The phrase is quite popular but I wish to know its origin. Is it possible that it has something to do with childbirth (also called kidding)?


Time for OED!

It seems to come from ‘make a kid of,' according to the Oxford English Dictionary.

So when I kid you, I am fooling you, and using your innocence (a childlike quality).

Or maybe I am treating you like a child.


  • +1 as I had no idea. I always assumed it came from behaving like a kid, as in I am joking around so I'm acting like a kid. – Nieszka Jun 21 '12 at 14:07

Kid is also slang for a child. So: "kidding me" could have come from "being childish with someone" or "Lying to someone" or "Childishly joking with someone" in a sense.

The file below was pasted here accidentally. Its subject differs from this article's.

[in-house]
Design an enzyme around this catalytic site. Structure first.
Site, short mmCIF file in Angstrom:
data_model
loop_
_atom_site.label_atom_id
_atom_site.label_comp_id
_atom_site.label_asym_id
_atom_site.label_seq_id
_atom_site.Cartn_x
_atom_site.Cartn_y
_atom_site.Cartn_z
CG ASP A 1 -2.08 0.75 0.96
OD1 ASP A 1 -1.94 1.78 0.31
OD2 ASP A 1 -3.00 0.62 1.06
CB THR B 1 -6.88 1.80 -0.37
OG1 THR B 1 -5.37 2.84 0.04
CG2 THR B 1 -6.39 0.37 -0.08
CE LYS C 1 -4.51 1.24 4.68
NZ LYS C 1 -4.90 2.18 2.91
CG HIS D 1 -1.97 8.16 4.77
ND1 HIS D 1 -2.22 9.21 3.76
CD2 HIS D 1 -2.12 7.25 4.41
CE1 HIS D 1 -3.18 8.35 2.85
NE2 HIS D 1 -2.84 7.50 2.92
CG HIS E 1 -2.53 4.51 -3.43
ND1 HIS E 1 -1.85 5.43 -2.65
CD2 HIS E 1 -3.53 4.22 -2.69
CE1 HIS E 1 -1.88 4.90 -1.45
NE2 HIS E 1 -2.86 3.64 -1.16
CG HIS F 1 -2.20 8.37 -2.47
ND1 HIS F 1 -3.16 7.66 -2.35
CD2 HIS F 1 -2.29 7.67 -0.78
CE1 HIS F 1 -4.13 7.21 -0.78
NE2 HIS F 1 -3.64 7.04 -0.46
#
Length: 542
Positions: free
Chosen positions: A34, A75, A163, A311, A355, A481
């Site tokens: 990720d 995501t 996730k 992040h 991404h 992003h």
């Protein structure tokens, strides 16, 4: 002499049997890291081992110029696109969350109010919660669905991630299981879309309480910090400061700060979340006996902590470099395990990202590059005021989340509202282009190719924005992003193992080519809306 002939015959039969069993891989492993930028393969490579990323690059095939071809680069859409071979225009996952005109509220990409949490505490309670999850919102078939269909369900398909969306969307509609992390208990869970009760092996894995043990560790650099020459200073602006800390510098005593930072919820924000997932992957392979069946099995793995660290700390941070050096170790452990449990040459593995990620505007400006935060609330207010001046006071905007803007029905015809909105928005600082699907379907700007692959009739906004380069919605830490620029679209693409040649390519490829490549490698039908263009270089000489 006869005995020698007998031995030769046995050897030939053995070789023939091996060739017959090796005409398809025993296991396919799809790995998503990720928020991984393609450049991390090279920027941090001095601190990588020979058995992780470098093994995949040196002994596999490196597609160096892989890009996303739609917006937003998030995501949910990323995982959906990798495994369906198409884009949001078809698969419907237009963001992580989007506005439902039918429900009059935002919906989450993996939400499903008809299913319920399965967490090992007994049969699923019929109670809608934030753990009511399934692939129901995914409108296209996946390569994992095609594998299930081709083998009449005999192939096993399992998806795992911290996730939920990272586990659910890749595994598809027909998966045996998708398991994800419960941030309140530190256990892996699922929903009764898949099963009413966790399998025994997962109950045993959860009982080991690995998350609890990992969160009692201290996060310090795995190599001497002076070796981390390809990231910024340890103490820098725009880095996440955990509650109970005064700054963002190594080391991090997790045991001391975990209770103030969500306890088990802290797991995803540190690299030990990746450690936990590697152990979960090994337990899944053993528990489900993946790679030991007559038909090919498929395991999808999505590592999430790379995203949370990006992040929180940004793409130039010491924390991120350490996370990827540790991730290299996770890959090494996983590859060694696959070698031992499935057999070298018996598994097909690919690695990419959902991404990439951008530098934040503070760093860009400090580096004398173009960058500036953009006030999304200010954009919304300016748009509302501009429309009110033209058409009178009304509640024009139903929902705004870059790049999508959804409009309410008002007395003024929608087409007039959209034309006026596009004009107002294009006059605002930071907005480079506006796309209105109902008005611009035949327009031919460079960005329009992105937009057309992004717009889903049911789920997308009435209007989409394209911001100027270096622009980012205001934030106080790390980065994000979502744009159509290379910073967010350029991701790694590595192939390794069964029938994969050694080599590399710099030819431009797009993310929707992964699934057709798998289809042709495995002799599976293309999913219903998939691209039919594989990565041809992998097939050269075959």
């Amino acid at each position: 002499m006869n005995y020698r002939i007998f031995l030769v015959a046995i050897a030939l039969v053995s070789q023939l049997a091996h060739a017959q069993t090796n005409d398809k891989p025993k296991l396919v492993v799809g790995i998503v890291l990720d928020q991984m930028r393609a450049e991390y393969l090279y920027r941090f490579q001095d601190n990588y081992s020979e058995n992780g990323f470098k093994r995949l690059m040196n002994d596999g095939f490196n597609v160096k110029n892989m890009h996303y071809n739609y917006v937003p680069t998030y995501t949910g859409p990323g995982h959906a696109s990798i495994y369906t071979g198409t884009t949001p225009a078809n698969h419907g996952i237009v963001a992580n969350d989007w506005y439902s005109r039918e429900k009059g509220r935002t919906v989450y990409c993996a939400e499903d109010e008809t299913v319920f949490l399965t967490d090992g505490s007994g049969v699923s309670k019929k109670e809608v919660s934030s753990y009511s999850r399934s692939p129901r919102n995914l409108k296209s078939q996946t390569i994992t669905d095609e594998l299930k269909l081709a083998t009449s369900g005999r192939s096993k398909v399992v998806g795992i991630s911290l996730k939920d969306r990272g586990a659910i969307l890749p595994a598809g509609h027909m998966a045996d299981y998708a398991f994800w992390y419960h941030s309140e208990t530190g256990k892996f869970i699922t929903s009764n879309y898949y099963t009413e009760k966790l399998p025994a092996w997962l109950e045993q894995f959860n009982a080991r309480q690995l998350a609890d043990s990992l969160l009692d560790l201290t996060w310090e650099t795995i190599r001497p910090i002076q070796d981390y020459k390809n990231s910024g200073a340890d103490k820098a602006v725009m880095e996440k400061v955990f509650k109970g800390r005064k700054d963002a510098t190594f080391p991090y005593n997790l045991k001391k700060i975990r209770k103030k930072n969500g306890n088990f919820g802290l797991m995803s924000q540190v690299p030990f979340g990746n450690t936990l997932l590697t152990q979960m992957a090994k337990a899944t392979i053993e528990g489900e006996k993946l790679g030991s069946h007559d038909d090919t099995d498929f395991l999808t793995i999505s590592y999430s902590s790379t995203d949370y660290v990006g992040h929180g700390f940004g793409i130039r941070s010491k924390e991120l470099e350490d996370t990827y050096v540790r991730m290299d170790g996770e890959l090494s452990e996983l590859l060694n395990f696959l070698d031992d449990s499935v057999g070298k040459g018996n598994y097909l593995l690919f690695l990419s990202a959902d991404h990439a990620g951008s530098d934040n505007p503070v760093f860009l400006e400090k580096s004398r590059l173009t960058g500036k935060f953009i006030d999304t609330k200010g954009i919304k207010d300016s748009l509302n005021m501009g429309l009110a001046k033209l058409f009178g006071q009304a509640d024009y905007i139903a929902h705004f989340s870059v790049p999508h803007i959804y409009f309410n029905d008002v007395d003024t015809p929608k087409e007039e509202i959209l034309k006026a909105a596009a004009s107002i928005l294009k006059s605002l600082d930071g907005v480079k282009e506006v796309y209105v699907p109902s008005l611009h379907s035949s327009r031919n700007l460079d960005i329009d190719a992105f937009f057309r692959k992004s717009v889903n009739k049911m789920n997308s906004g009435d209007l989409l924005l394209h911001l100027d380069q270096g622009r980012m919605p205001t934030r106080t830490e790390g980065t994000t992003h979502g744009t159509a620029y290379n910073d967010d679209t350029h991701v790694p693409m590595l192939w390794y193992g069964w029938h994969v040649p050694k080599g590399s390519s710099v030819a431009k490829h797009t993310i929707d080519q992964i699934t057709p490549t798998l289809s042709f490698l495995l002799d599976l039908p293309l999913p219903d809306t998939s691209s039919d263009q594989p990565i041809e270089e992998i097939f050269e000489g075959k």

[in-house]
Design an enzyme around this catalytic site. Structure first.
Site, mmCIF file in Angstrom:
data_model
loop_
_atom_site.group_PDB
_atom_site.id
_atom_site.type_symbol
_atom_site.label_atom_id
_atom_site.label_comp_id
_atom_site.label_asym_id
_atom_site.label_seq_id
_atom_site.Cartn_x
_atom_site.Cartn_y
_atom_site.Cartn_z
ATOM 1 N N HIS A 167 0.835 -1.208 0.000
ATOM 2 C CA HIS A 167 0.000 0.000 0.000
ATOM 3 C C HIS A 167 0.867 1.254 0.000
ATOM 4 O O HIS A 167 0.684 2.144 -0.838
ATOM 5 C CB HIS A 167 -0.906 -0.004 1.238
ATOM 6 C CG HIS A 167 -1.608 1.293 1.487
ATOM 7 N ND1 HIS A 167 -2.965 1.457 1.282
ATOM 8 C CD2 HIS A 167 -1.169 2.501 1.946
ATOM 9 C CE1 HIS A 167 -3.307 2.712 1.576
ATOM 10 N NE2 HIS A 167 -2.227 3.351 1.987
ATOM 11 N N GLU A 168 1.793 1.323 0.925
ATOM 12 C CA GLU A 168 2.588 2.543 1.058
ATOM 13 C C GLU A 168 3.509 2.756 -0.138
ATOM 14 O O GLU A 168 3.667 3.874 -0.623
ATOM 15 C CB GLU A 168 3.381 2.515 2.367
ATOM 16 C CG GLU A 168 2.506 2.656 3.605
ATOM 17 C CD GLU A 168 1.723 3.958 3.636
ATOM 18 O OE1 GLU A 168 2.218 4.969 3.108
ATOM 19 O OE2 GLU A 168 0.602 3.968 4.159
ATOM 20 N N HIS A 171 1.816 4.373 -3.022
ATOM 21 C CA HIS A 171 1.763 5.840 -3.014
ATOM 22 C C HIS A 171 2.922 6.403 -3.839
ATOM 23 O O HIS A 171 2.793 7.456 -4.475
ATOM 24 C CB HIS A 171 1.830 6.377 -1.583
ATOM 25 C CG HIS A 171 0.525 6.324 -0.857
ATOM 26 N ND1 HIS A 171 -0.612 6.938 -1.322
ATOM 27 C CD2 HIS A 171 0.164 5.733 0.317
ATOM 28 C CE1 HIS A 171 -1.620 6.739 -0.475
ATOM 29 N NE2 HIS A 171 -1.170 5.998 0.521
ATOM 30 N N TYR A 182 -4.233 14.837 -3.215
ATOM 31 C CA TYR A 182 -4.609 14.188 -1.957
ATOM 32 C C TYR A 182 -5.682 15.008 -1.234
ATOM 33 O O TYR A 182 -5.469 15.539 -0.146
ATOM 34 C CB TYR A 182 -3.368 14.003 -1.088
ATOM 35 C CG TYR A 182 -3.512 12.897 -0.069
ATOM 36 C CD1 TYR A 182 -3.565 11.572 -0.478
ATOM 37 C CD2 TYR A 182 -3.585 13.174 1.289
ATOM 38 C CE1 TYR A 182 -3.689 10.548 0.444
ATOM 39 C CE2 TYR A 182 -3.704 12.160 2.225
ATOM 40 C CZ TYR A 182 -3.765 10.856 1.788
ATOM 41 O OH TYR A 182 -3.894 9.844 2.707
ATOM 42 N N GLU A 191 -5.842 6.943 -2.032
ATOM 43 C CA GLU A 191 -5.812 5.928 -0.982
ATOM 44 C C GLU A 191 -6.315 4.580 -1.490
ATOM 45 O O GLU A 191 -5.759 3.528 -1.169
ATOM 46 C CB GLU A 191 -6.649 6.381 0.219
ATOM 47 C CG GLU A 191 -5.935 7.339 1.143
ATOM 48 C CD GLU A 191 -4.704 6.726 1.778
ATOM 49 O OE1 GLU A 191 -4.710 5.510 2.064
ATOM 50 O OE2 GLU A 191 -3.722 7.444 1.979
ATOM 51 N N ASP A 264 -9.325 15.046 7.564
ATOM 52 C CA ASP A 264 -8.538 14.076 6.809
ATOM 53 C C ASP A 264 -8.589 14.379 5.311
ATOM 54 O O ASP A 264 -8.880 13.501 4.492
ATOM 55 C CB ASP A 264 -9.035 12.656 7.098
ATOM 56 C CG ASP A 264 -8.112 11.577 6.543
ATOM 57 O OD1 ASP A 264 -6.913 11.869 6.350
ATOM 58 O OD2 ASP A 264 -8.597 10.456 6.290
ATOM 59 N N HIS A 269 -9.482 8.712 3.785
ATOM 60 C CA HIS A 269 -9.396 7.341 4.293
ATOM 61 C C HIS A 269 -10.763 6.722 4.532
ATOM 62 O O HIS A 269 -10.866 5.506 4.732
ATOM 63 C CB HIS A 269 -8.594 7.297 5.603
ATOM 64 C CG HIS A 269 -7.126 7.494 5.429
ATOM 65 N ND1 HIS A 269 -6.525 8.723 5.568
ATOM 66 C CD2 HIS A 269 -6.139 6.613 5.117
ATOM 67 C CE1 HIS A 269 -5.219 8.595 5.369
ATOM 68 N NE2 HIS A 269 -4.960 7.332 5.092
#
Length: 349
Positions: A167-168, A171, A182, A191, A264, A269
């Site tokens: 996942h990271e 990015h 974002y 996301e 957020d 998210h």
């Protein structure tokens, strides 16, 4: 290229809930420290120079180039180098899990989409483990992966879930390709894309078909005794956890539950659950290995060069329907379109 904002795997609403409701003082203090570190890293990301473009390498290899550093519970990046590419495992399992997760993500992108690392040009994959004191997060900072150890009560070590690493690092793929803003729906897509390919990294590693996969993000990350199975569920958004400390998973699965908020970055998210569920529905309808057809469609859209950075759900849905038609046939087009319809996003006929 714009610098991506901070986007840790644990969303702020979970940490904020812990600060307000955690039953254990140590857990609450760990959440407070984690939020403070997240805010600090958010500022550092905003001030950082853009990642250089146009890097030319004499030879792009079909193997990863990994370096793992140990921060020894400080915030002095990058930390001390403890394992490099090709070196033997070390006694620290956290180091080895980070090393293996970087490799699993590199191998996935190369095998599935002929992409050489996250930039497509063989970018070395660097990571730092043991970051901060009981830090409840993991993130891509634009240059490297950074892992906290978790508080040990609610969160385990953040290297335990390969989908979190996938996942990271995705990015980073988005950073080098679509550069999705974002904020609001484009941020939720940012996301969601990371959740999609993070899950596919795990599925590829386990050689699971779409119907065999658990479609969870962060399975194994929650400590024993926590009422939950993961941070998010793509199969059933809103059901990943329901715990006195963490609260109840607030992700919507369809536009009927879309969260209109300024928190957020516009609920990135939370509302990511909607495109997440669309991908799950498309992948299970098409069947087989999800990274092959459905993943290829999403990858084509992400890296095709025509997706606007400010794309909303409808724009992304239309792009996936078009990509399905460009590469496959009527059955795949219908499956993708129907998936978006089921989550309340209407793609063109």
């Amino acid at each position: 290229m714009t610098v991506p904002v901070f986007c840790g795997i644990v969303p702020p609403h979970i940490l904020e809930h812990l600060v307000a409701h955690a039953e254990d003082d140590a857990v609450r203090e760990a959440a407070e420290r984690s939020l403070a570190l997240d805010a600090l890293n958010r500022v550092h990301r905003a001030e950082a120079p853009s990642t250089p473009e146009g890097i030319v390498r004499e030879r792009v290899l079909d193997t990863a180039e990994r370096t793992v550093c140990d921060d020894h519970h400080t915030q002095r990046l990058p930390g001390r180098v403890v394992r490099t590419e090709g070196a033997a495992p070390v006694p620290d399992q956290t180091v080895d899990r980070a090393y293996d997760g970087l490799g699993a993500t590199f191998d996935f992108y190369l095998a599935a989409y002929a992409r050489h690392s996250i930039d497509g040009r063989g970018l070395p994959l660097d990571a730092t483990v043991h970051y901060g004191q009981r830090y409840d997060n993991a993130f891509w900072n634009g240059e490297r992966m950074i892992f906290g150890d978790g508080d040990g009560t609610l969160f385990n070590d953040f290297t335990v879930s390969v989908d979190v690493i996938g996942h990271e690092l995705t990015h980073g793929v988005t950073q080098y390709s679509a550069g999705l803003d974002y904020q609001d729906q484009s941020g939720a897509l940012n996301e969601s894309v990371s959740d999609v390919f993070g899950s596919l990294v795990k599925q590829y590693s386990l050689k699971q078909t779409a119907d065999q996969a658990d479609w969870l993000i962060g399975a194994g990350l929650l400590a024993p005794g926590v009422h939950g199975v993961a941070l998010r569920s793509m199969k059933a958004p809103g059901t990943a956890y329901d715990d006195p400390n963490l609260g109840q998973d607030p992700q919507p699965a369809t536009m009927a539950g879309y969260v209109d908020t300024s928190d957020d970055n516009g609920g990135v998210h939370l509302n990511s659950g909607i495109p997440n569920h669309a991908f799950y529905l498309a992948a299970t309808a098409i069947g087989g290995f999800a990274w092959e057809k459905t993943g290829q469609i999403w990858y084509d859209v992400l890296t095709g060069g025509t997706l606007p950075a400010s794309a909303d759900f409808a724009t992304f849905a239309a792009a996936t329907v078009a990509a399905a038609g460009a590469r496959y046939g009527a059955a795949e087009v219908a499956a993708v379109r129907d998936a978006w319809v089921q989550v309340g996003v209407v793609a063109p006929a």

-Look! There's an elephant right behind you! -person turns around -Just kidding!


Captain Kidd was tried as a pirate and sentanced to death. They tried to hang him several times but each time the rope broke, the third time it held. It was said that the first two times, they were 'kidding'.

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